Is he home yet? Let us know what kind of pain medication he arrives with. The number one issue people deal with when their new Tripawd comes home is figuring out the right dosages and timing of the medication. It doesn't happen to everyone, but if you notice signs like anxiety and inability to get comfy, that could be a sign to call your vet to discuss the meds.

Keep us posted!

It's better to hop on three legs than to limp on four.™
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19 June 2017 - 6:40 pm
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I'm so glad to see you here! Jaxon will most likely shock you by how quickly he'll adapt to 3 legs. The 2-3 stairs shouldn't be much of an issue for him. With Ginger, we tried to help her down ours the first few days, but overall she refused our help and made it down on her own. We even got a ramp for her at Petco that we ended up returning because she adamantly refused to use it and almost fell trying to avoid it. Up was never a problem for her. He'll definitely have an adjustment period of with not sleeping upstairs. We had to do that with Ginge a few years ago when we lived in a 2 story place and she wasn't able to navigate that many stairs. It sucks, but they get used to it. If you have slick floors, yoga mats definitely work well. We had one for right in front of her raised food container and it definitely helped her remain stable while eating/drinking.

We got Ginge a nice, supportive bed, but found she actually preferred her thinner bed over the other one. This is the one she generally used, instead of the expensive supportive ones: https://www.costco.com/Kirkland-Signature-26%22-x-38%22-Multipurpose-Pet-Mat%2c-Tan-Textured.product.100351083.html

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20 June 2017 - 7:37 pm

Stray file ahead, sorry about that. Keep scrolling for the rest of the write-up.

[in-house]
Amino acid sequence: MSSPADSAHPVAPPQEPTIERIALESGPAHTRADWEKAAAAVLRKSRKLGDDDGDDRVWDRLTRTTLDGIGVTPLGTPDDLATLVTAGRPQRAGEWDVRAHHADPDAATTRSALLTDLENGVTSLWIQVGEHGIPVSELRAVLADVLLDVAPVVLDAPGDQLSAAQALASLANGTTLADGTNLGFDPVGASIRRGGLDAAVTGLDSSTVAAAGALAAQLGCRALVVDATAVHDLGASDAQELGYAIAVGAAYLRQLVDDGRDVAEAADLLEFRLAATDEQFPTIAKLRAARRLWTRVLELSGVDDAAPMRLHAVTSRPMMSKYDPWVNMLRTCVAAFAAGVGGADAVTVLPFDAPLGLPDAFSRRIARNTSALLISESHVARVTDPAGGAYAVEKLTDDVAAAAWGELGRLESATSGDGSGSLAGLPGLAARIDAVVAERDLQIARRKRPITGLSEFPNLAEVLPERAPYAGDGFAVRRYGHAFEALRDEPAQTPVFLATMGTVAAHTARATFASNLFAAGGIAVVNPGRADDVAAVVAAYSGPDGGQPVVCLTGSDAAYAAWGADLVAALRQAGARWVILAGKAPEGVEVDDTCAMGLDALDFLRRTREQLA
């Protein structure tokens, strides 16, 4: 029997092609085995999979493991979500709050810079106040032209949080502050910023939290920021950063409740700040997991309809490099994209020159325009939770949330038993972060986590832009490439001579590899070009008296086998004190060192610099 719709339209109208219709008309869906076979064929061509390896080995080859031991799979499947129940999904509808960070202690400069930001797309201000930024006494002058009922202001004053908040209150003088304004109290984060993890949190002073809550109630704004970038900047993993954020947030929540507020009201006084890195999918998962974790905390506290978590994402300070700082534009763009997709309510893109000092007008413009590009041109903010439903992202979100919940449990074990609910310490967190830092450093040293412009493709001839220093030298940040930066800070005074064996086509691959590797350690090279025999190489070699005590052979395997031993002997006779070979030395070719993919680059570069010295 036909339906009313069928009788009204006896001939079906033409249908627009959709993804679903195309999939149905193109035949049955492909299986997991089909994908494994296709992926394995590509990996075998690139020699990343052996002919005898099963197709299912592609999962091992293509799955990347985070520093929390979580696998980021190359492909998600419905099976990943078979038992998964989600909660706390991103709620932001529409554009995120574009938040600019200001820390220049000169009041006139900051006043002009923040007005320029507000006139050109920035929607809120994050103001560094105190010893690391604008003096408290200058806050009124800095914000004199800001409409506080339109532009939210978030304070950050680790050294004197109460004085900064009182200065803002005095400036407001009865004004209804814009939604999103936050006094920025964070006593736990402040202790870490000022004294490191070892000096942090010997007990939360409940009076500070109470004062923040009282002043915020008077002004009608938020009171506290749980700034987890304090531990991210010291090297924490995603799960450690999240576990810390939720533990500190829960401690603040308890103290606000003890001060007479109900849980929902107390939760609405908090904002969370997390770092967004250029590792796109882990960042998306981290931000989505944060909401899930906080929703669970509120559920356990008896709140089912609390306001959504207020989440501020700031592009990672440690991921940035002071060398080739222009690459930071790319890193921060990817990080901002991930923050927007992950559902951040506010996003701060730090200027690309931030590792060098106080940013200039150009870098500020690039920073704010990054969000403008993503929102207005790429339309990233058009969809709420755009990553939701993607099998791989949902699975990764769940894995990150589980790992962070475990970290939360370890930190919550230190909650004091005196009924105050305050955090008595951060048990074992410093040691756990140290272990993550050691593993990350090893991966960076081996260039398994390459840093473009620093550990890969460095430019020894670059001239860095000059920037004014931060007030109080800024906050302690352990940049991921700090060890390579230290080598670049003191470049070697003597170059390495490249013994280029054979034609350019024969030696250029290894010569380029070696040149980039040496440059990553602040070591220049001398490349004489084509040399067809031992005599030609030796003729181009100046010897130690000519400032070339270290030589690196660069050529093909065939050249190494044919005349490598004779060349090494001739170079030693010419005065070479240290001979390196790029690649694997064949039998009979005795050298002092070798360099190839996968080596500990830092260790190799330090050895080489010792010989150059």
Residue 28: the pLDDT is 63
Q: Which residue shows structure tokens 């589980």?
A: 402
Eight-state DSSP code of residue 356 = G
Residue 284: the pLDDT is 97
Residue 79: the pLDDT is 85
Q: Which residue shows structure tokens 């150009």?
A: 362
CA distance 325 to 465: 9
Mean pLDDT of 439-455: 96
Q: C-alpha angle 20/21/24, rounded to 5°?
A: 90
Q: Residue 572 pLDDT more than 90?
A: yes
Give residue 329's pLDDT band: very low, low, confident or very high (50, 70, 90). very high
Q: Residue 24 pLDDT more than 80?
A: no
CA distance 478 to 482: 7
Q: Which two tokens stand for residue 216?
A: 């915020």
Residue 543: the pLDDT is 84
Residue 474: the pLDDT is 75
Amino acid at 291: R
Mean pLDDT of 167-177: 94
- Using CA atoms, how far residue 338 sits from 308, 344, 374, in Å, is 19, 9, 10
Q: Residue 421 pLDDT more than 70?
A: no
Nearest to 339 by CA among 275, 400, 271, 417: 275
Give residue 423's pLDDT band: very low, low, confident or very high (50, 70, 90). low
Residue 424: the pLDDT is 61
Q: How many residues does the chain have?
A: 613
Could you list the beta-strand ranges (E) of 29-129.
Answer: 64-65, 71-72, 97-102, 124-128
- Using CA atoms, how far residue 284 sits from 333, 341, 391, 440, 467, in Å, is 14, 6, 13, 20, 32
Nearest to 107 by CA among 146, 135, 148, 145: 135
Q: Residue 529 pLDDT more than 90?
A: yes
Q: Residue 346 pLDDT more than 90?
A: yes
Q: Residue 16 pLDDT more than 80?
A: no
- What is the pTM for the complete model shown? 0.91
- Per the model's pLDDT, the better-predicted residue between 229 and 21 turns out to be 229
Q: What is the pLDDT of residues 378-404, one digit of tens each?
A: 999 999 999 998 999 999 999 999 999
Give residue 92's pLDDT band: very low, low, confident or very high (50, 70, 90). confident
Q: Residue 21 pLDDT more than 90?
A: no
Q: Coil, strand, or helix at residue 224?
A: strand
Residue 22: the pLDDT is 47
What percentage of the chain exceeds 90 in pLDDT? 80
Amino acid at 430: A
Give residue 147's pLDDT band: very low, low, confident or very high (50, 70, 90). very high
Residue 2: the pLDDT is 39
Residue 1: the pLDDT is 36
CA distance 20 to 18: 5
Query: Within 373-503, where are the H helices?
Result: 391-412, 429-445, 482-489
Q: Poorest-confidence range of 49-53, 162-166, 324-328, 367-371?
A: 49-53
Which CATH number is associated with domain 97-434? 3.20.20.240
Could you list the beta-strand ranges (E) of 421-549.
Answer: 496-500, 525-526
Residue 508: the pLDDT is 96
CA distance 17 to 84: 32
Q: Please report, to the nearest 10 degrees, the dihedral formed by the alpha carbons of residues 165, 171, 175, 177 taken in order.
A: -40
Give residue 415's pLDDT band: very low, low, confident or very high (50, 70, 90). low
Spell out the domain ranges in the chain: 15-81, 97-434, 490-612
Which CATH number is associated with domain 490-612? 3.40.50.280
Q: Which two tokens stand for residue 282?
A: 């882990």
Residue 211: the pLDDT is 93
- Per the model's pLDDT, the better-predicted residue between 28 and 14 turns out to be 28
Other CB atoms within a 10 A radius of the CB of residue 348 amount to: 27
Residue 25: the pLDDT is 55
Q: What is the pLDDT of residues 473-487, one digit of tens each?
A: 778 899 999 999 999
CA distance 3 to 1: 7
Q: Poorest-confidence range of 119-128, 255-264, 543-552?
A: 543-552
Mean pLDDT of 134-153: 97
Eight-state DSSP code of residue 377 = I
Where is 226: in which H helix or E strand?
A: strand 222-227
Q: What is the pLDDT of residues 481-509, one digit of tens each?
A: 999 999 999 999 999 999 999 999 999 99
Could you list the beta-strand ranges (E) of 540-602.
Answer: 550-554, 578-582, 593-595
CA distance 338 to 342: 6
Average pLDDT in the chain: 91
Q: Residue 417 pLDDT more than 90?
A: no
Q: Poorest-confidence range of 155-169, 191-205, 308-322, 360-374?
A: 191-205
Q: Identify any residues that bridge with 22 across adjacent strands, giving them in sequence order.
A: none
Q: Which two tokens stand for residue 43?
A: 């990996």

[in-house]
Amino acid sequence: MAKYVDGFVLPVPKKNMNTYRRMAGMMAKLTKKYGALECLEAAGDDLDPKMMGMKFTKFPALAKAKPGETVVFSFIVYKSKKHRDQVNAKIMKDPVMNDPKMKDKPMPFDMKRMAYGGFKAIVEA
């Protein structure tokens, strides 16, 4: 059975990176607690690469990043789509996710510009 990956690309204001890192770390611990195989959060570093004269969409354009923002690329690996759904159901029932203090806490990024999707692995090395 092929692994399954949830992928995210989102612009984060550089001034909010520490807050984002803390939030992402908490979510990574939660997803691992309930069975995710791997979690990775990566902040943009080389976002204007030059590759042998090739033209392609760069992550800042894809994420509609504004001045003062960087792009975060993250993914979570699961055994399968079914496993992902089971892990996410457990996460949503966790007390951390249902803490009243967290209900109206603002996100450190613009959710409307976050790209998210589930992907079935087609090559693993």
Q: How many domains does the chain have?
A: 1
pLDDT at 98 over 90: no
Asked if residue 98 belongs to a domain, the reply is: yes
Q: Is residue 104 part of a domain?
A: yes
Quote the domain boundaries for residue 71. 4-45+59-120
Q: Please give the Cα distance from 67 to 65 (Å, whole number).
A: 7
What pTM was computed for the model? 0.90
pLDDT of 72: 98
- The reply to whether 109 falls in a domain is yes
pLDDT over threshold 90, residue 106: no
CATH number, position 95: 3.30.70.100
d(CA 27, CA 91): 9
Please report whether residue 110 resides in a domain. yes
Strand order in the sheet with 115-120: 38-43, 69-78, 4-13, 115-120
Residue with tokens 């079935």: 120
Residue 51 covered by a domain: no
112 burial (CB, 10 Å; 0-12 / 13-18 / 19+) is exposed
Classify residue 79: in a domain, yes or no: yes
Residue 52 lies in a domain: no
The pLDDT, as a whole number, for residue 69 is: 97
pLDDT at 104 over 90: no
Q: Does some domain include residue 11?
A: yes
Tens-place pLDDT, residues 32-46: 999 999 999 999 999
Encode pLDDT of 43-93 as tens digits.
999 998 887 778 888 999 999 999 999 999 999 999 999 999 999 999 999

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Thanks, Tasha! We ordered that bed and some non slip mats for in front of his bowls and at the base of the stairs. The vet says we can try our stairs for bedtime (with assistance, of course). We'll be ordering a harness soon.

He's getting around remarkably well! I'm feeling so much better seeing how "normal" he is acting--but I can tell he's tired. He's straggling with wanting to be with his pack and wanting to be away from the unpredictable kids.

The kids have accepted this change without so much as a hiccup! One wants to baby and "nurse" him a little more than he would like!

Virginia
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20 June 2017 - 8:08 pm
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It's wonderful to hear how well Jaxon is doing this early in! Remind Mr Jaxon that he must be patient and still just limit himself to potty breaks and then more rest. It IS exhausting trying to hop around on three legs, especially right after surgery.

I love that your kids hsve been so accepting and understaw Jaxon is still Jaxon, but with ayou big OWWEEE!

Good update! Thanks for keeping us posted!

Hugs!

Sally and Alumni Happy Hannah and Merry Myrtle and Frankie too!

Happy Hannah had a glorious additional bonus time of over one yr & two months after amp for osteo! She made me laugh everyday! Joined April's Angels after send off meal of steak, ice cream, M&Ms & deer poop!

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20 June 2017 - 8:49 pm
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I want to post a couple pictures but can't figure out how. I know I read it but can't find it. Can someone point me in the right direction?